As the end of the fall semester drew to a close at the Rhode Island School of Design last year, the college's leader, the charismatic digital designer John Maeda, announced he would be jumping ship for the sunny office parks of Silicon Valley, where he would carve a role for himself as a design partner at venture capital firm Kleiner Perkins Caufield & Byers. On his first day, he set about doing what he has done for years: trying to help students merge their design education with technology.
This time, it's through KPCB's design fellowship, a summer program in its second year that matches design students up with startups funded by the firm, like Square, Flipboard, and Twitter. "This has been a lot of my life, crossing design and technology," Maeda tells Co.Design. "I see this as a kind of leadership development program, which is very exciting." The students get paid to work with their company on a project all summer, while attending discussions with mentors like Marcos Weskamp, Flipboard's head of design.
This kind of hands-on experience, according to Maeda, gives students the opportunity to take the conceptual knowledge they've acquired during their studio education and apply it to the outside world. Putting students' creative energy to work in the real world is "like putting education on Miracle-Gro," he says, and allows young designers to see a place for themselves in the startup world of Silicon Valley, which they might not automatically gravitate toward.
"There hasn’t been a critical mass of designers in this region that could share their thinking in a tech-dominated world," he explains. "Technology is something that we all know what it can do, but we need to know how it can make someone feel," as he puts it. "That competency is not usually seen as one of the core ingredients in Silicon Valley."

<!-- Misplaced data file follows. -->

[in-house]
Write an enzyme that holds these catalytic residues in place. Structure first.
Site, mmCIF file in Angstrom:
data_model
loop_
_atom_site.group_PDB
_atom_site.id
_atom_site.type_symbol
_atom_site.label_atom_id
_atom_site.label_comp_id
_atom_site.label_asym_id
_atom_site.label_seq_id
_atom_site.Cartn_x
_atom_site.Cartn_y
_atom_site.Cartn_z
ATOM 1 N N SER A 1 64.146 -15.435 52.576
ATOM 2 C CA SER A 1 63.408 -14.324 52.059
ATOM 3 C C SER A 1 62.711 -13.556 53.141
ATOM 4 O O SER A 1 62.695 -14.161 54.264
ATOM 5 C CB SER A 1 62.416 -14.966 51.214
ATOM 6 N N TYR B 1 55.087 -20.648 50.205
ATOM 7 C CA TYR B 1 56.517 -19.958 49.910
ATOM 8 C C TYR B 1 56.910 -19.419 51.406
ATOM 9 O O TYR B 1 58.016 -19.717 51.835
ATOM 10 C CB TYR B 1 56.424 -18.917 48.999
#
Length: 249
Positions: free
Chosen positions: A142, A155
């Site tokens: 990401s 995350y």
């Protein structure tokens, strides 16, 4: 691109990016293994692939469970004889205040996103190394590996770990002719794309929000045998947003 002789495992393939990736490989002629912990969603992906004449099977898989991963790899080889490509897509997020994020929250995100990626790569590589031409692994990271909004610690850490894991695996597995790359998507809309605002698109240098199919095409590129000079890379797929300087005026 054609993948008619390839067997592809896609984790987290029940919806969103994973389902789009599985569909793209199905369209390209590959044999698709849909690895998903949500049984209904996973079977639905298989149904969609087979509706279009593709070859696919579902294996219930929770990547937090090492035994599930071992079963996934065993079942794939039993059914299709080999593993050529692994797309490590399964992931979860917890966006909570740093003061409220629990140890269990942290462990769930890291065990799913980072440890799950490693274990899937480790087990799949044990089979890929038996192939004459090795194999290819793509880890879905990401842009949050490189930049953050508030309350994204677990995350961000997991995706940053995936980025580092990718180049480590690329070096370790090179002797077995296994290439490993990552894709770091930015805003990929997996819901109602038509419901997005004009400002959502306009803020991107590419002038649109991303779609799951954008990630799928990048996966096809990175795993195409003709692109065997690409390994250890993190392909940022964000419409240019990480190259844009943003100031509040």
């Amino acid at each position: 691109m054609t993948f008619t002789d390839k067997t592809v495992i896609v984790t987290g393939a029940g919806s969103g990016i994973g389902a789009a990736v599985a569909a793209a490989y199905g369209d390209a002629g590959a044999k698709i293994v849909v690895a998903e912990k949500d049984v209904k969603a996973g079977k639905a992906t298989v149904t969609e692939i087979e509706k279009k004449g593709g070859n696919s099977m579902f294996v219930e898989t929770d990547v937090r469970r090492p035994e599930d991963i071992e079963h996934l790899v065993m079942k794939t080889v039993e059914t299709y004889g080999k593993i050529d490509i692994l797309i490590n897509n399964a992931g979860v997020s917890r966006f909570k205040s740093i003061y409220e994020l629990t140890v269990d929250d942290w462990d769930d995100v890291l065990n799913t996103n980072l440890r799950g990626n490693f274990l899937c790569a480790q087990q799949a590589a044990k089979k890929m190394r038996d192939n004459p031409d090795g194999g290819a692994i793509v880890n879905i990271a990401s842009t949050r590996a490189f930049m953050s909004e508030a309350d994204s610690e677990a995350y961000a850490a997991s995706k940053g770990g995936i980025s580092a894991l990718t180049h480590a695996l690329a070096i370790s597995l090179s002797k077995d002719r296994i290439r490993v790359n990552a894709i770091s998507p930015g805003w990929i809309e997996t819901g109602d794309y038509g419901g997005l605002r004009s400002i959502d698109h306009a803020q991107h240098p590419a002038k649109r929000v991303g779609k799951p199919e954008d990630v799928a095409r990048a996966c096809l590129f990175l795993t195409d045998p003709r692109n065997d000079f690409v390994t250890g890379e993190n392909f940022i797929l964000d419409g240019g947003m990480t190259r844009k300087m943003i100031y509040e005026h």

It is, however, a skill nurtured in art and design schools, one that design students could bring to the startup table. And the skills of designers aren't so far from what the startup world has been looking for all along, as Maeda notes in a blog:
Designers are not afraid to get their hands dirty and to go deep in their work—exactly what a startup environment demands. The fluid structures and rigorous work ethic that can seem daunting to those of another mindset will feel like home to those with a creative bent.
The link between designers and entrepreneurship isn't new—where would Apple be without Jony Ive?—but Silicon Valley as an employment hub tends to be synonymous with programming and engineering. Art and design, less so, though that is changing. For last year's cohort, the matchup seems to be working out. According to Christina Lee, KPCB's communications head, more than 90% of last year's fellows (12 in design and 35 in engineering) received a full-time employment offer afterward. The startups, in turn, got a shot at luring the next Marcos Weskamp or Brian Chesky to their company—a designer who can create, as Maeda frames it, a product that not only "looks cool, but one that moves your heart."
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